TALLAHASSEE, Fla. - It's been five months since Jennifer Carroll abruptly resigned her job as Florida's lieutenant governor.
Since then her suite of offices has been cleared out and her staff has long since departed. Her name has been removed from the directory of the Florida Capitol.
And yet there are no signs that Gov. Rick Scott is anywhere close to naming a replacement.
Despite endless speculation in Tallahassee political circles there appears to be no short list of candidates vying for Carroll's old job and no interviews under way.
Instead Scott has deliberately focused on other functions of his job including getting his legislative agenda passed, signing a new state budget and even going on trade missions abroad.
When asked about it recently, Scott said that his administration is "working on the criteria" that will be used to pick a new lieutenant governor.
Scott's cautious approach to finding a replacement contrasts with how former Gov. Jeb Bush handled the task.
Shortly after Bush was re-elected to a second term in 2002 his lieutenant governor, Frank Brogan, accepted the presidency of Florida Atlantic University. Less than three months later Bush tapped former Senate President Toni Jennings to replace him.
Scott's slow pace has opened him up to criticism from Democrats who contend that the Republican governor is neglecting his responsibility.
"We feel it's a disservice to the people of the state of Florida," said Joshua Karp, a spokesman for the Florida Democratic Party. "Rick Scott has spent six months campaigning all over the state and flying around in his private jet. He's had plenty of time to vet a lieutenant governor."
Scott, who had little connections to Florida Republicans before his bid for office, tapped Carroll as his lieutenant governor just days after he defeated then-Attorney General Bill McCollum in a bitter GOP primary.
Carroll was seen a rising star in the Republican ranks. She immigrated to the United States from Trinidad as a child, served in the U.S. Navy for 20 years, retiring as a lieutenant commander and was the first black Republican woman elected to the state House and the first black lieutenant governor.
Carroll resigned after she interviewed about work she once did for a charity alleged to be running a widespread gambling ring. She has not been accused of any wrongdoing. But even before news of the investigation Carroll had caused some headaches for the Scott administration by making comments that caused negative attention.
Her departure gave Scott a chance to make a high-profile selection as he heads into what could be a tough re-election campaign. He could pick someone who could bolster his profile, although Scott has stated repeatedly that he wants to surround himself with people who share his viewpoints.
"When I go through appointments what I try to find are individuals who believe in the ideas I believe in," Scott said earlier this month.
Scott's ability to function without a lieutenant governor has raised questions about whether the job is needed. Florida went nearly 100 years without the post of lieutenant governor until it was revived in 1968. The job, which pays nearly $125,000, has no real defined responsibilities besides replacing the governor if he leaves office or dies. That has happened twice, for brief periods. In January 1987, Wayne Mixson was governor for three days when Bob Graham resigned to be sworn in as a U.S. senator. In December 1998, Buddy MacKay became governor when Lawton Chiles died of a heart attack less than a month before his term was over.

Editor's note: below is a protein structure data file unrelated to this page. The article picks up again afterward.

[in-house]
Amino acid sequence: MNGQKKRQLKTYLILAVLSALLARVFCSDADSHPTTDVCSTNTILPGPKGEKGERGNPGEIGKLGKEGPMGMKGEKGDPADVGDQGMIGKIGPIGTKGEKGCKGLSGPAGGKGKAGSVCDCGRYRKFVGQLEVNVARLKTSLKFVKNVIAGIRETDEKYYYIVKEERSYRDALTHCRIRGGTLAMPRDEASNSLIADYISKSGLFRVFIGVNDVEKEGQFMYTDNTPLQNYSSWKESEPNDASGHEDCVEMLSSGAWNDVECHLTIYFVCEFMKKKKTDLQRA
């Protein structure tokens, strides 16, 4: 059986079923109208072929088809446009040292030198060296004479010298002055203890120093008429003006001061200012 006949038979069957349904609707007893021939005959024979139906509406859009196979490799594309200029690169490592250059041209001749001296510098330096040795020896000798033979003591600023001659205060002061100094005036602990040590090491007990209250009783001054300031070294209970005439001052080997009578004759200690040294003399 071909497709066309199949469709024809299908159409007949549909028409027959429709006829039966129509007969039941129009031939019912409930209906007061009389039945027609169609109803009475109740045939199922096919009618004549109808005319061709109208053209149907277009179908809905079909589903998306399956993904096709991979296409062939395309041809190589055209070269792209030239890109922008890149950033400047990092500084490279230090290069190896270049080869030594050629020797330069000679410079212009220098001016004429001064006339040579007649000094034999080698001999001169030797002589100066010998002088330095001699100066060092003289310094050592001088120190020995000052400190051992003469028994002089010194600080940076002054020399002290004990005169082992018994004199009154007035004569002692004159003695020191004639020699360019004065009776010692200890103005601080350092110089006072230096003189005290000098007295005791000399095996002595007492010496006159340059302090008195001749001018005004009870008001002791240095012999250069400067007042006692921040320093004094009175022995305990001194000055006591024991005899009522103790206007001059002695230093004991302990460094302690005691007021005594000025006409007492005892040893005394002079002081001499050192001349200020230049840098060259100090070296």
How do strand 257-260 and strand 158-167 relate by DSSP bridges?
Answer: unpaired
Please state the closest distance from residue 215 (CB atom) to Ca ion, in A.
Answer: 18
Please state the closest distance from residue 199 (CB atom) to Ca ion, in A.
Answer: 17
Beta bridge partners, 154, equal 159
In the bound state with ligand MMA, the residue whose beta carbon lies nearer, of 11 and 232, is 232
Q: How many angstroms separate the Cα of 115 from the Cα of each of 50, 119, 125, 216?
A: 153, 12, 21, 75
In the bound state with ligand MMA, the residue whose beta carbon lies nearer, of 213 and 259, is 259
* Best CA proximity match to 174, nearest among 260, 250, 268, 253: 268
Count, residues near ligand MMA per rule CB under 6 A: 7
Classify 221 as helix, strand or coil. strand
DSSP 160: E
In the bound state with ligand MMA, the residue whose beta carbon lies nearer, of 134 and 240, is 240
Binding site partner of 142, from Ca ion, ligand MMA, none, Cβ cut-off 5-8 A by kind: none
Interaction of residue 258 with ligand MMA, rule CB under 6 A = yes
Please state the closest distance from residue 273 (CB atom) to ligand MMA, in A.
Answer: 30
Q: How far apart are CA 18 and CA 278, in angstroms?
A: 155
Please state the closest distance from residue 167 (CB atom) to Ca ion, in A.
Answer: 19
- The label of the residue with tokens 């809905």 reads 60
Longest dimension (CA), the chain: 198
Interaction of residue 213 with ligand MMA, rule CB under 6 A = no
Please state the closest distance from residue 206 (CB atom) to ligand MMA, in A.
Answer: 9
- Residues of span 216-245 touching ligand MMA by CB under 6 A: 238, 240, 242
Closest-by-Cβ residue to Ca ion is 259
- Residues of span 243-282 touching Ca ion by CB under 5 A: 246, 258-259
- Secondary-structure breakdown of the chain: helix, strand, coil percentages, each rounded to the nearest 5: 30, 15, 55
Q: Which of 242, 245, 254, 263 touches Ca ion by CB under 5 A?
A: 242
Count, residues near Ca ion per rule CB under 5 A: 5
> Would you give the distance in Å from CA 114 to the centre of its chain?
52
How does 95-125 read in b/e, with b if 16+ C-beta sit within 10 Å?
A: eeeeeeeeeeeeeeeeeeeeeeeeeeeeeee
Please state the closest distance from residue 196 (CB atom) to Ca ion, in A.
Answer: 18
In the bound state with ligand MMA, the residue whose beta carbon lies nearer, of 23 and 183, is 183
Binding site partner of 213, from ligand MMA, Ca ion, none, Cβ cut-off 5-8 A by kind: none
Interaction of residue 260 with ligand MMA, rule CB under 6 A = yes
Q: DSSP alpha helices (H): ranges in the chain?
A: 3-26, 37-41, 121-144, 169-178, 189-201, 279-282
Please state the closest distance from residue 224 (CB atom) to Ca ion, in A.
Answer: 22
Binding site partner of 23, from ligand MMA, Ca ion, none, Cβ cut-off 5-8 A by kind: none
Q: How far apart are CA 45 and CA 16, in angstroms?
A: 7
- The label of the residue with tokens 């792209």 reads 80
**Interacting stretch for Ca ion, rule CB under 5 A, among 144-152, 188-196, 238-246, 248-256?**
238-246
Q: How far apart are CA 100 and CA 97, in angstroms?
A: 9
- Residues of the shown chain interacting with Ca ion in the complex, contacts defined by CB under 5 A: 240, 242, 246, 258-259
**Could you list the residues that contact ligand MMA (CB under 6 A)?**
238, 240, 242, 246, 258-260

If something happened to Scott before he picked a lieutenant governor, Attorney General Pam Bondi would take over.
Many governors, in an effort to give their lieutenant governor a job, have made them their lead negotiator with the Legislature.
Scott, in a statement, said he does not plan to remain without a lieutenant governor indefinitely.
"Florida laws make it clear that our state has a lieutenant governor," Scott said.
But while Florida law requires that the position be filled it is silent on how quickly the governor must act.
The only real deadline is next year when Scott must tap someone as his running-mate two months before the November elections. Scott, however, is under no obligation to appoint that person to the position before the election.
Florida constitutional scholars say it is unlikely any court would ever order the governor to act.
Jon Mills, a former House speaker who teaches constitutional law at the University of Florida, said a court would not intervene since there is no deadline and no enforcement provision in the law.
Mills added another reason a court would not act is that state law has a clear line of succession that would result in Bondi becoming governor if something happened.
Karp with the Democratic Party said that Scott should just go ahead and make Bondi his lieutenant governor even though Bondi has already opened her re-election campaign account for 2014.
"If Gov. Rick Scott feels Attorney General Bondi is the best choice to lead Florida, to be his second-in-command, why doesn't he pick her?" Karp asked.
Sandy D'Alemberte, a Florida State University law professor and former legislator who has written a book on the Florida Constitution, agreed that a court would not order Scott to appoint someone.
But D'Alemberte, who also once served as president of the American Bar Association and FSU, added that the "better practice, of course, would be to make the appointment."
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